Michael Owen believes coaching England is a far harder task than any club job he can think of.
Steve McClaren could be heading into his penultimate match in charge tomorrow as he gears his team up for the friendly against Austria in Vienna.
Despite widespread pleas for McClaren to be kept on, the Football Association know they will come under intense pressure to ditch the former Middlesbrough boss after only 18 games should Euro 2008 fates not smile on the Three Lions over the weekend.
Elimination, which will effectively be triggered by a Russian win in Israel and a failure to win by Macedonia against Croatia on Saturday, will see McClaren become the first England coach to fail in a quest to reach a major tournament since Graham Taylor's team were dumped out of the 1994 World Cup by Holland.
And while Owen is one of those who feels McClaren should remain in a job no matter what happens, he accepts the massive pressure which accompanies the £3million-a-year role.
'It is probably harder to manage England than any club,' said the 27-year-old forward.
'There is a lot of pressure involved and because the manager doesn't get to see the players as often as they would at club level, if you have a bad result, you have to live with it for a month or two, which must be really hard.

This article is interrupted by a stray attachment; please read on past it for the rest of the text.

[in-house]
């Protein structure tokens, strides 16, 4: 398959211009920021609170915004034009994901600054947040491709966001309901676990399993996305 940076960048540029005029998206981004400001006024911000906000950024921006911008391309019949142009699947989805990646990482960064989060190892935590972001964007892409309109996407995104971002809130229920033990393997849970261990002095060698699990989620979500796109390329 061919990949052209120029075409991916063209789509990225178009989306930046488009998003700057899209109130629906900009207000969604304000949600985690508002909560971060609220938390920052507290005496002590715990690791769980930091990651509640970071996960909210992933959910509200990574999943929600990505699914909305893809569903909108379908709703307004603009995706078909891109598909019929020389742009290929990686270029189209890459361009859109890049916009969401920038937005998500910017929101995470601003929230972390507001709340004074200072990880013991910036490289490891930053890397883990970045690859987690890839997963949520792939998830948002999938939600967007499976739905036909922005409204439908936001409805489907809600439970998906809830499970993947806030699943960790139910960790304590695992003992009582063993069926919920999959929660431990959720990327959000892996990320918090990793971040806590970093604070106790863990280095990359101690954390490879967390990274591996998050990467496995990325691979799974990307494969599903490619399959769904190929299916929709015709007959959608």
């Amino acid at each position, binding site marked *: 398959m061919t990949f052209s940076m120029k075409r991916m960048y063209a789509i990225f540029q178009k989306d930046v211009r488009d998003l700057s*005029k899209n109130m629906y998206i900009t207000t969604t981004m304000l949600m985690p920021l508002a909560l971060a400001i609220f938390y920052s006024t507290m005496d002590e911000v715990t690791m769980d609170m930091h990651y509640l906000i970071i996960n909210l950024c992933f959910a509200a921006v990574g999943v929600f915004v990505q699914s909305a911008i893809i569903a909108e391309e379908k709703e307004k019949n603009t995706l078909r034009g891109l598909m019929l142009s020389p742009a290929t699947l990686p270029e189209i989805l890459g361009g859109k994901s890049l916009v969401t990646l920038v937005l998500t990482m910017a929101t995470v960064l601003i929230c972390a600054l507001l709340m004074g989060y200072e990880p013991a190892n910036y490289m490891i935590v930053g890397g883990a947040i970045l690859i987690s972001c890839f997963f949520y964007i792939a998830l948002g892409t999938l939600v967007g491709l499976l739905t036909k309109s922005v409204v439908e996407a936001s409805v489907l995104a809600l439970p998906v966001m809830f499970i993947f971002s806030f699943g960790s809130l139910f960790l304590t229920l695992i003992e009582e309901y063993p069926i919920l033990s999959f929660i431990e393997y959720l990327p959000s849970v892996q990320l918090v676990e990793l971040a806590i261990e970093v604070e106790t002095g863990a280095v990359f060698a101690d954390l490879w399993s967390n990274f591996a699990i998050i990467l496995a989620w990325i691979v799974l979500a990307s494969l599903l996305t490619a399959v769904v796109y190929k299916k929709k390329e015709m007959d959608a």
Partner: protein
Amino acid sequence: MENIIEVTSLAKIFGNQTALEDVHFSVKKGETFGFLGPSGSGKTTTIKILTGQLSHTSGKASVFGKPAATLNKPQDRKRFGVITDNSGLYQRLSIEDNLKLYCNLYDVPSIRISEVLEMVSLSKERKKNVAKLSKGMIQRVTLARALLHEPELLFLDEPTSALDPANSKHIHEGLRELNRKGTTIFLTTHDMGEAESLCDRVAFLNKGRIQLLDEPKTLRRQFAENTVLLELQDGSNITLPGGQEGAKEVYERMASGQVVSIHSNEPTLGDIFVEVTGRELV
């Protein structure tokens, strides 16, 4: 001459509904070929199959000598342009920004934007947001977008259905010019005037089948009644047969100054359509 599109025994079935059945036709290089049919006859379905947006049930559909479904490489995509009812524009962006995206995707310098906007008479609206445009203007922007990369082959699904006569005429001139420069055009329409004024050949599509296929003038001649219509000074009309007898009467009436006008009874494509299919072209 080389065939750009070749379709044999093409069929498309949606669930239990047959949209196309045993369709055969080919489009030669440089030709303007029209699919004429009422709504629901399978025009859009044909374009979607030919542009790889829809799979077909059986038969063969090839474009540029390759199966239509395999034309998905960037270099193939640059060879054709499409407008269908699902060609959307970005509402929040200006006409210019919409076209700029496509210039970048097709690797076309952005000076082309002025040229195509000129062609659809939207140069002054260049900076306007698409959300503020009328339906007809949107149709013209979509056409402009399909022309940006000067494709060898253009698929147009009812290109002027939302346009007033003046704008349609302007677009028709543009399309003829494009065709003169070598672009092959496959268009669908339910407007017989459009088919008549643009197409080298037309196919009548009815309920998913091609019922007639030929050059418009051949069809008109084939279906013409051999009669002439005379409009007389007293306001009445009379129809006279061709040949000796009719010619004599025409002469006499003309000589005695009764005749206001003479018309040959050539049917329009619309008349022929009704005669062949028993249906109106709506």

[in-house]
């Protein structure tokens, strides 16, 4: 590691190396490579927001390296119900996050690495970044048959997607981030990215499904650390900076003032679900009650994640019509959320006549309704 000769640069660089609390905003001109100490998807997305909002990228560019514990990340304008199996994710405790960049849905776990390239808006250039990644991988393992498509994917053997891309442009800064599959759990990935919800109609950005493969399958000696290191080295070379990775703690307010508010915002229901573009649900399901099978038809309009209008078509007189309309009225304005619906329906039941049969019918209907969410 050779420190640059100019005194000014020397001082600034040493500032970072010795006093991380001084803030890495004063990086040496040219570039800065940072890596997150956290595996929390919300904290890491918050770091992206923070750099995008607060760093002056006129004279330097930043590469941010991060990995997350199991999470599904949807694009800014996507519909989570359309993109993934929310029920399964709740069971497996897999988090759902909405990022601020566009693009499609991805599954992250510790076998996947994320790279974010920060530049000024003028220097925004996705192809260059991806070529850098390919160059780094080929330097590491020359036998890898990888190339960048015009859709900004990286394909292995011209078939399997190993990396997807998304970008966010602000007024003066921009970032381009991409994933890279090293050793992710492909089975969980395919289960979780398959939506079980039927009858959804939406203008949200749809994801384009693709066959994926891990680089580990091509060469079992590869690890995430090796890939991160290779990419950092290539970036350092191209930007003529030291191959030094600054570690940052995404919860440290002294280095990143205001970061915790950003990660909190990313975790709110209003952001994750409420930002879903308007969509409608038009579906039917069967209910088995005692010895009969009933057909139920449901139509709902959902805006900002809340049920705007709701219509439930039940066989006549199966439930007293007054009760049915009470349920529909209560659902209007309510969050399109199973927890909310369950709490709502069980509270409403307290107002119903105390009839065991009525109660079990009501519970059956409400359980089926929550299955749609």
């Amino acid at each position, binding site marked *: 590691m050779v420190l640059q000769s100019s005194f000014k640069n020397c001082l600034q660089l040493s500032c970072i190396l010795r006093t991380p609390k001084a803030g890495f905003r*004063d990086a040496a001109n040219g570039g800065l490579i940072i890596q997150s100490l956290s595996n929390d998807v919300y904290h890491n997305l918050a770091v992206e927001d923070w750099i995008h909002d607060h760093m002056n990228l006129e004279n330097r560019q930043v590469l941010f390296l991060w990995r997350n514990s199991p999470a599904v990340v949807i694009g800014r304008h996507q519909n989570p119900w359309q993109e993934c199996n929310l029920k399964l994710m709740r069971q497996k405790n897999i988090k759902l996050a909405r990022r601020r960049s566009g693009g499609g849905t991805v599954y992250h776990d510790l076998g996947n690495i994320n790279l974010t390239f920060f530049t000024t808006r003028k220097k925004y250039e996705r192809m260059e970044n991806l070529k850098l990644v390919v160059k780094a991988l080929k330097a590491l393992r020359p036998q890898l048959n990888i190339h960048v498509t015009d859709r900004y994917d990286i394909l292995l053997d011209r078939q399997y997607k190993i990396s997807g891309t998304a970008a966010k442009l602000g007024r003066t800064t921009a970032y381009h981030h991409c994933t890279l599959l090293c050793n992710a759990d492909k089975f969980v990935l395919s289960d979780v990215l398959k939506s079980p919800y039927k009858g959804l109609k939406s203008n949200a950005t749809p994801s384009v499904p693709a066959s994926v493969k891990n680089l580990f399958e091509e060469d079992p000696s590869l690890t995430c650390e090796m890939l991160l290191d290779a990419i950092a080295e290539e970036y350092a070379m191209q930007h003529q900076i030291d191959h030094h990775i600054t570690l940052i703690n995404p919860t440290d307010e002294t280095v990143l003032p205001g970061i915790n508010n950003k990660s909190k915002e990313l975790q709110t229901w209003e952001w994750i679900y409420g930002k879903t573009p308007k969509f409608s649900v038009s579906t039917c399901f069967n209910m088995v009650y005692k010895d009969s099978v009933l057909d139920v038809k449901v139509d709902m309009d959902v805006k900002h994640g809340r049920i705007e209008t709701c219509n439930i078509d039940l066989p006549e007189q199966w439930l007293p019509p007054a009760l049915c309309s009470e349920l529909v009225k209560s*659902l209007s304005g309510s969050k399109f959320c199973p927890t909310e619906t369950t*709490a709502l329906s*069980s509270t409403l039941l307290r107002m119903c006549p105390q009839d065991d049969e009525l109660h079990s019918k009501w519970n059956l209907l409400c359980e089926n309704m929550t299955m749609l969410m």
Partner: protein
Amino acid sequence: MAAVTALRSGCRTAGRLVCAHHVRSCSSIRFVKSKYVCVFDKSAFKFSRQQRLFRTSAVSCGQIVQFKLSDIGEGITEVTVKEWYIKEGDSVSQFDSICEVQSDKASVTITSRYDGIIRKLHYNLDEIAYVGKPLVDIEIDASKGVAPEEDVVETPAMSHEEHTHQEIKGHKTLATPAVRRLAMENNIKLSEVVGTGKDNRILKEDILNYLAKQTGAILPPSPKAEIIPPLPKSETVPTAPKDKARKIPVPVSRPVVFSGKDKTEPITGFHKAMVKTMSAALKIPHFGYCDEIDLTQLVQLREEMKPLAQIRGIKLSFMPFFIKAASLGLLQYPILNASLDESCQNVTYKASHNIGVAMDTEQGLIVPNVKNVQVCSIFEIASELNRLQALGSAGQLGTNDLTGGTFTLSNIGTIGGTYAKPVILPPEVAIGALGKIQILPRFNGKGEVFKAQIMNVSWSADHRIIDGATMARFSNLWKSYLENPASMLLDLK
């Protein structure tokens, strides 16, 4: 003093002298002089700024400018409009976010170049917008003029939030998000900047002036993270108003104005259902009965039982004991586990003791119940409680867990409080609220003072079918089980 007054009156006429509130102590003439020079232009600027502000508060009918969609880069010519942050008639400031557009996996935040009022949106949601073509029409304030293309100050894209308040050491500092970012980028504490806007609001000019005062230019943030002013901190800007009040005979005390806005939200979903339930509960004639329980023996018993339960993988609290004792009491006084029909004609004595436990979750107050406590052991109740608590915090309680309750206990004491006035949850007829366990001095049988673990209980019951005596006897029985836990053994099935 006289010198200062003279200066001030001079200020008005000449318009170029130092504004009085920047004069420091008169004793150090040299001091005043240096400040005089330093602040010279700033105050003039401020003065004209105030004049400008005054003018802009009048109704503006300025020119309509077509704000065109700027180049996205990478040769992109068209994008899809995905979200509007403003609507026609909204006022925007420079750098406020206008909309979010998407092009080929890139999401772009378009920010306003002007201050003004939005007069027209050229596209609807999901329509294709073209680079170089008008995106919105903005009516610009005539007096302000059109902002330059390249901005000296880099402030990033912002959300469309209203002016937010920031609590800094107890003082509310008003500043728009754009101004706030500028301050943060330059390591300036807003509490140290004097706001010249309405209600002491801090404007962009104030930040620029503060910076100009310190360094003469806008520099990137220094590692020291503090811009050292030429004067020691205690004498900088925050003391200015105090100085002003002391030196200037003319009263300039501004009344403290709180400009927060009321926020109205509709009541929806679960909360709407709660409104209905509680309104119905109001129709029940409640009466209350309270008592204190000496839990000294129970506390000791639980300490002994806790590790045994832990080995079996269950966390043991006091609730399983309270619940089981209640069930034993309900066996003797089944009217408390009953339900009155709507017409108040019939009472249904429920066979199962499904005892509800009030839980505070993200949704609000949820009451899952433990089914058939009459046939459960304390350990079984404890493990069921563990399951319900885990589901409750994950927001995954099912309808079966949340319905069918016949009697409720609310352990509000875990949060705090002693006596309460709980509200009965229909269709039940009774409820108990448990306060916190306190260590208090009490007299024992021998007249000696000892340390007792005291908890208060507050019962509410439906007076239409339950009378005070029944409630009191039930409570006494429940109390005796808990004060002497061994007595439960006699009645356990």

'If you have a good game, everything is great, if you don't you get criticised. I always feel like I can never relax but that is especially the case for Steve.'
Having recently opened a plush horse racing stables in Cheshire, Owen was quick to stress management was not on his own radar of potential jobs when his own playing days are over.
It seems fairly obvious his post-career path will take him even deeper into the equine world, although for now he is more focused on adding to his international tally of 40 goals - only the fourth England player to achieve such a landmark - and aiding McClaren's men in their quest to reach the Finals in Austria and Switzerland next summer.
Like all his team-mates, Owen will return from Vienna in time to watch events in Tel Aviv unfold.
And, while he remains optimistic the situation will turn in England's favour, if events conspire against them, the former Real Madrid star knows his team-mates only have themselves to blame.
'Israel is a tough place to go,' said Owen.
'They have a cracking home record, which bears that out.
'There is a lot of uncertainty around at the moment but the key thing is to ensure we are in the right frame of mind to take advantage if someone does us a favour. It would be criminal if that wasn't the case.
'However, there is no hiding the fact we should be qualifying out of this group.'